Skip to main content

The day my life changed - 5 novels rejected by 33 agents over 20 years ... then I was on the Booker shortlist!

I still find it strange telling people I'm a writer. I feel a bit of an impostor - for years, I had just been someone with a strange little hobby.

I was writing for about 20 years before I got a publisher. I had written five complete novels and had rejections from 33 agents. I learnt that you didn't talk to people about writing because they would just think "Failure! Failure!" when nothing happened.

But I didn't think about giving up. The thing is, I like writing. I had ideas whizzing through my mind and I didn't want to leave them there.

So I would complete a novel and start sending it out. But by that point my mind would be on the next novel. When a rejection letter comes back, you just think "ugh" and keep going.

I teach violin, piano and group theory classes at Blue Coat, a preparatory school in Birmingham.

I also used to do a lot of teaching in the evenings to get by.

It was very difficult to fit in writing: I was lucky if I found maybe one afternoon a week to write. It took me five years to complete my fifth novel, Astonishing Splashes of Colour.

When I sent that novel out, a small local publisher called Tindal Street Press said yes. They said they would publish about 2,000 copies and gave me a #163;2,000 advance. It seemed very generous at the time. I bought a new carpet with it.

But I didn't think anyone would notice the book. I just thought maybe the parents at school would buy it. That's about 200 sales. I imagined by the time I got round to my next novel, interest might have grown.

I was at my mother's house in Devon when my daughter called me. She had been pottering around on the internet and found that I was on the longlist for the Man Booker prize. My mother didn't have internet access, so we went over the road to a neighbour who did. I was there, with authors such as Martin Amis. I spent the whole night wide awake, thinking: "I cannot believe it. This can't be true. How extraordinary."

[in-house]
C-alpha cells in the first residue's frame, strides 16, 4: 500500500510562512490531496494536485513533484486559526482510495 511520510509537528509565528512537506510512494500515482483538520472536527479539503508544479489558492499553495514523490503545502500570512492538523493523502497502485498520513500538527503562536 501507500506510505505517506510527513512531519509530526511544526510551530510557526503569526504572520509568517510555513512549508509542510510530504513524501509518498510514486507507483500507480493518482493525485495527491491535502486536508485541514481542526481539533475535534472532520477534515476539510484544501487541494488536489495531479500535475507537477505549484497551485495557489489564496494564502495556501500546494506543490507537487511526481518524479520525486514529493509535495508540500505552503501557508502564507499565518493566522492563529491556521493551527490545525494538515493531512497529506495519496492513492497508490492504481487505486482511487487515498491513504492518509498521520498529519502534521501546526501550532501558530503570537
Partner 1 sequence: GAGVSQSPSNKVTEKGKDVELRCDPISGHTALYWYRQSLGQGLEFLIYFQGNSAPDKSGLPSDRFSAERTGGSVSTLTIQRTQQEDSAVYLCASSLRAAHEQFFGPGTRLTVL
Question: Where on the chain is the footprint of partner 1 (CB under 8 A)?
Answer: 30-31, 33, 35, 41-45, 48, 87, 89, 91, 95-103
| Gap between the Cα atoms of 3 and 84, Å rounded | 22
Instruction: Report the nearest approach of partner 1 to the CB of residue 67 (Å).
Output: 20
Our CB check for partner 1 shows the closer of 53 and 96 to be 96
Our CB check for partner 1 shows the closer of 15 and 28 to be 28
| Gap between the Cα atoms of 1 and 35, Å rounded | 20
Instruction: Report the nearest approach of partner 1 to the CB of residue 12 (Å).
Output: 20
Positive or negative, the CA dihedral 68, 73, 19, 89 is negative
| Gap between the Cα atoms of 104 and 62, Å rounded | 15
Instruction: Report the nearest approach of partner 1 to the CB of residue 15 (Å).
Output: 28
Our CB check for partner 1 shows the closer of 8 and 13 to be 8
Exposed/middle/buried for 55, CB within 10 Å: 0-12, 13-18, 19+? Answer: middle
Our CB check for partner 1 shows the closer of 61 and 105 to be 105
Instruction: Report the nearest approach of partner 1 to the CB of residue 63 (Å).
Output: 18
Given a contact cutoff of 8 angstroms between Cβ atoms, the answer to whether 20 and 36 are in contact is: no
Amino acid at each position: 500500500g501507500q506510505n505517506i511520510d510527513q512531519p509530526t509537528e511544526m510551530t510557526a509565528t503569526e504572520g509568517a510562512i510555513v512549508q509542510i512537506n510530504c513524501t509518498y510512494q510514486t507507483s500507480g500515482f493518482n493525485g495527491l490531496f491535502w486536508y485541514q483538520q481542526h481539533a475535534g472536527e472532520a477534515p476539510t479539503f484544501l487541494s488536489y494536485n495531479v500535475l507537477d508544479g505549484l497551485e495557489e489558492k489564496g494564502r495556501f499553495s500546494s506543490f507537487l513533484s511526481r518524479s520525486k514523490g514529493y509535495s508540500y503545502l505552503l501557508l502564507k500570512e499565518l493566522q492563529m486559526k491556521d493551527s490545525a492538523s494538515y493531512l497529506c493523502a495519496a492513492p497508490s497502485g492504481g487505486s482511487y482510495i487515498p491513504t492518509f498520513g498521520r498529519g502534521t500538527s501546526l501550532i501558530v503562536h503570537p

Then I was waiting for the shortlist to come out. I just thought: "Is somebody going to tell me if I have made it? How will I know?" I wasn't sure how it worked.

I was actually at school, teaching piano to an eight-year-old boy called Angus when Tindal Street called and said: "Congratulations, Clare. You're on the shortlist." I think they were as astonished as I was. Angus congratulated me, too.

I was high as a kite. It was all so unexpected. I didn't have anything to wear to the dinner: I had never been to anything like that. I never thought I would win - it didn't cross my mind. But, at the dinner, my publishers were shocked when I didn't win, which surprised me.

I had five offers from publishers for my next novel. It was surreal.

I didn't give up teaching. Teaching is steady. The book world is very unsteady. These things come in dips: you don't maintain those levels of sales unless you are someone like John Grisham.

I tend not to talk about my books with colleagues. I don't want to ask if they like them because they may not. I don't want to embarrass people.

Success meant I could reduce my teaching hours. I teach from midday to 6pm now, which means I can get some writing done most mornings.

Before, I would sometimes fall asleep on my only afternoon off. Now I'm not so tired. It means I can enjoy the teaching more, too.

l Clare Morrall was talking to Adi Bloom. Her latest novel, 'The Man Who Disappeared,' is published by Sceptre. Do you have an experience to share? Email

Log in or register for FREE to continue reading.

It only takes a moment and you'll get access to more news, plus courses, jobs and teaching resources tailored to you